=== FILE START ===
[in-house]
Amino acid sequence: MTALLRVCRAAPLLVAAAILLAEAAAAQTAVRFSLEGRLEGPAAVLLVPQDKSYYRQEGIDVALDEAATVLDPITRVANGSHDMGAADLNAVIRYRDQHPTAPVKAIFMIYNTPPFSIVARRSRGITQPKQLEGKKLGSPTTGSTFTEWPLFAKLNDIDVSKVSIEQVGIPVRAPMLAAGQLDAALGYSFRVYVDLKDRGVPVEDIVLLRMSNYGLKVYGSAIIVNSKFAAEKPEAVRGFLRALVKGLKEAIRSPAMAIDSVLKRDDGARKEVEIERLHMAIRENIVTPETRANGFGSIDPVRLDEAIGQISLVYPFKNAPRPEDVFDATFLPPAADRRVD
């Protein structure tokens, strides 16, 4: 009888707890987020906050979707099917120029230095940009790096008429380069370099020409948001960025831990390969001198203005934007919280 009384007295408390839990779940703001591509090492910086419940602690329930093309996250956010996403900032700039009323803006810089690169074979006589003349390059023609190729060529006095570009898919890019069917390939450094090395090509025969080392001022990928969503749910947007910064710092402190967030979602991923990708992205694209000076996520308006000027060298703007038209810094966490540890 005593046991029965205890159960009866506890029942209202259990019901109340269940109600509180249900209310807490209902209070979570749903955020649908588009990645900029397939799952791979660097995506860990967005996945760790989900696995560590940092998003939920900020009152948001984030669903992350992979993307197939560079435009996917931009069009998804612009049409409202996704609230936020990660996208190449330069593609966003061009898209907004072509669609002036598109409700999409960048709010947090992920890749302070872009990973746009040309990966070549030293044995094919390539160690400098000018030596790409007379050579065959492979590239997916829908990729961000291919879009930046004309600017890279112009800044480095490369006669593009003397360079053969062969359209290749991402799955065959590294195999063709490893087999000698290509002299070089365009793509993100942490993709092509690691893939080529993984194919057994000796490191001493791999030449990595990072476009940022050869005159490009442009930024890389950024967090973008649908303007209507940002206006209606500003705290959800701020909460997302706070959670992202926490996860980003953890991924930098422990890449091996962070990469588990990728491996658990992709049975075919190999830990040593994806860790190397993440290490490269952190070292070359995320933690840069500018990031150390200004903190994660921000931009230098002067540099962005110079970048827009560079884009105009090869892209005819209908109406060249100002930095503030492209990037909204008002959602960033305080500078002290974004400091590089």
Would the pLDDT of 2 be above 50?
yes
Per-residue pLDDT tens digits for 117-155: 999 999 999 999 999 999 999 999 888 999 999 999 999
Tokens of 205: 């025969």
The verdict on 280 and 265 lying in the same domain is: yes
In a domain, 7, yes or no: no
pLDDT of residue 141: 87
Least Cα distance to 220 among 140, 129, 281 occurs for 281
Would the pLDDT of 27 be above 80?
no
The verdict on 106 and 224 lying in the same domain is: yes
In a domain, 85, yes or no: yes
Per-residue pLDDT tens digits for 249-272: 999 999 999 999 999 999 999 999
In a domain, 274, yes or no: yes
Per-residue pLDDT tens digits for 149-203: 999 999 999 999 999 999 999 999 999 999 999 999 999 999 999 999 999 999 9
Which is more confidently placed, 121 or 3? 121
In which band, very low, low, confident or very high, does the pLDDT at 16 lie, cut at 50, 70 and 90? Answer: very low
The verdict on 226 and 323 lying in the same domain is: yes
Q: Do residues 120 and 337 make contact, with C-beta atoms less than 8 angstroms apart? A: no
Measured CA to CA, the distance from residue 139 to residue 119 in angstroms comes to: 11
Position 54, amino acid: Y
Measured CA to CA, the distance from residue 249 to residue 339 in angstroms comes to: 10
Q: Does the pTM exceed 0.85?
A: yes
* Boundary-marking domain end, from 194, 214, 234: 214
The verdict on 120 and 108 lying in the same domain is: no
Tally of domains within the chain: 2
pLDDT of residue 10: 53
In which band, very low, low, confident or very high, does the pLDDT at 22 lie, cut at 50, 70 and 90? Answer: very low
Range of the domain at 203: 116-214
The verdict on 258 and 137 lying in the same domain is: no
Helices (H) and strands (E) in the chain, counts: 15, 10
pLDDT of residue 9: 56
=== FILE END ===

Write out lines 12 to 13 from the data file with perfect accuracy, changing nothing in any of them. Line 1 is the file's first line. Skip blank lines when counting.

Would the pLDDT of 27 be above 80?
no